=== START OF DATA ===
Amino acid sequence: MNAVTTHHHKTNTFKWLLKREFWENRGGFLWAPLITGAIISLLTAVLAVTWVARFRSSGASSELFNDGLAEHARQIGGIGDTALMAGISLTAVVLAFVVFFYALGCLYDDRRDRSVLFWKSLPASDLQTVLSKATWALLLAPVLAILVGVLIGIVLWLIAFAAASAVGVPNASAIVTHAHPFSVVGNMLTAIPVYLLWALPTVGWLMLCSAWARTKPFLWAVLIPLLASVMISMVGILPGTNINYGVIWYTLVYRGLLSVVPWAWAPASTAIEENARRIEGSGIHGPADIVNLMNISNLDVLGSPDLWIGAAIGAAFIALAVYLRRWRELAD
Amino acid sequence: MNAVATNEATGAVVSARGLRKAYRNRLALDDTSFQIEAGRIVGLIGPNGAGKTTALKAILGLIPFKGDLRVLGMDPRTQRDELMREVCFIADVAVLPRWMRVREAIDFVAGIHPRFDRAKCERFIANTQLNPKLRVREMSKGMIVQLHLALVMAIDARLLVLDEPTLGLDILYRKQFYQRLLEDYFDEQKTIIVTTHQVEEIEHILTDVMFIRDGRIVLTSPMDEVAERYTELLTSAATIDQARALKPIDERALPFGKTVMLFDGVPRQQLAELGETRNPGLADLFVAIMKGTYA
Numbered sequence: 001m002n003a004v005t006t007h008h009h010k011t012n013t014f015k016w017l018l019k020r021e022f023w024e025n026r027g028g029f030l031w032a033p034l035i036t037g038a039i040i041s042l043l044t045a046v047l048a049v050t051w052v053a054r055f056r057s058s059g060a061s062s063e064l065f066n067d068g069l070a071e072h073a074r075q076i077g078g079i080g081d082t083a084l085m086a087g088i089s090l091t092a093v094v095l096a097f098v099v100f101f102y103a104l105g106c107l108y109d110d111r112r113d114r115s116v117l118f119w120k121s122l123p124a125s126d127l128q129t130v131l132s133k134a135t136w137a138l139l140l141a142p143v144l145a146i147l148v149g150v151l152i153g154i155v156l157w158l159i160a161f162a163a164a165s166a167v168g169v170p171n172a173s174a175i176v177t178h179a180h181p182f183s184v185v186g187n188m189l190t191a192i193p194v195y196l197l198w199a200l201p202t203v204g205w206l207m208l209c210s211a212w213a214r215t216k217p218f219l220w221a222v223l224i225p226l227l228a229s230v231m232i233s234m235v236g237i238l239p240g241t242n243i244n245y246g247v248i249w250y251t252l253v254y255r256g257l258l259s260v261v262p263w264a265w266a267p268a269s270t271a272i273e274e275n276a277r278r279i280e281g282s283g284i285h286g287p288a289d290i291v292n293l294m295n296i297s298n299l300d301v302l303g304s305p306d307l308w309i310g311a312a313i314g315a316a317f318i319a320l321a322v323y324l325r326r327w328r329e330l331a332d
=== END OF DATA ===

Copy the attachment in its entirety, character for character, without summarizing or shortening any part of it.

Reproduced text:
Amino acid sequence: MNAVTTHHHKTNTFKWLLKREFWENRGGFLWAPLITGAIISLLTAVLAVTWVARFRSSGASSELFNDGLAEHARQIGGIGDTALMAGISLTAVVLAFVVFFYALGCLYDDRRDRSVLFWKSLPASDLQTVLSKATWALLLAPVLAILVGVLIGIVLWLIAFAAASAVGVPNASAIVTHAHPFSVVGNMLTAIPVYLLWALPTVGWLMLCSAWARTKPFLWAVLIPLLASVMISMVGILPGTNINYGVIWYTLVYRGLLSVVPWAWAPASTAIEENARRIEGSGIHGPADIVNLMNISNLDVLGSPDLWIGAAIGAAFIALAVYLRRWRELAD
Amino acid sequence: MNAVATNEATGAVVSARGLRKAYRNRLALDDTSFQIEAGRIVGLIGPNGAGKTTALKAILGLIPFKGDLRVLGMDPRTQRDELMREVCFIADVAVLPRWMRVREAIDFVAGIHPRFDRAKCERFIANTQLNPKLRVREMSKGMIVQLHLALVMAIDARLLVLDEPTLGLDILYRKQFYQRLLEDYFDEQKTIIVTTHQVEEIEHILTDVMFIRDGRIVLTSPMDEVAERYTELLTSAATIDQARALKPIDERALPFGKTVMLFDGVPRQQLAELGETRNPGLADLFVAIMKGTYA
Numbered sequence: 001m002n003a004v005t006t007h008h009h010k011t012n013t014f015k016w017l018l019k020r021e022f023w024e025n026r027g028g029f030l031w032a033p034l035i036t037g038a039i040i041s042l043l044t045a046v047l048a049v050t051w052v053a054r055f056r057s058s059g060a061s062s063e064l065f066n067d068g069l070a071e072h073a074r075q076i077g078g079i080g081d082t083a084l085m086a087g088i089s090l091t092a093v094v095l096a097f098v099v100f101f102y103a104l105g106c107l108y109d110d111r112r113d114r115s116v117l118f119w120k121s122l123p124a125s126d127l128q129t130v131l132s133k134a135t136w137a138l139l140l141a142p143v144l145a146i147l148v149g150v151l152i153g154i155v156l157w158l159i160a161f162a163a164a165s166a167v168g169v170p171n172a173s174a175i176v177t178h179a180h181p182f183s184v185v186g187n188m189l190t191a192i193p194v195y196l197l198w199a200l201p202t203v204g205w206l207m208l209c210s211a212w213a214r215t216k217p218f219l220w221a222v223l224i225p226l227l228a229s230v231m232i233s234m235v236g237i238l239p240g241t242n243i244n245y246g247v248i249w250y251t252l253v254y255r256g257l258l259s260v261v262p263w264a265w266a267p268a269s270t271a272i273e274e275n276a277r278r279i280e281g282s283g284i285h286g287p288a289d290i291v292n293l294m295n296i297s298n299l300d301v302l303g304s305p306d307l308w309i310g311a312a313i314g315a316a317f318i319a320l321a322v323y324l325r326r327w328r329e330l331a332d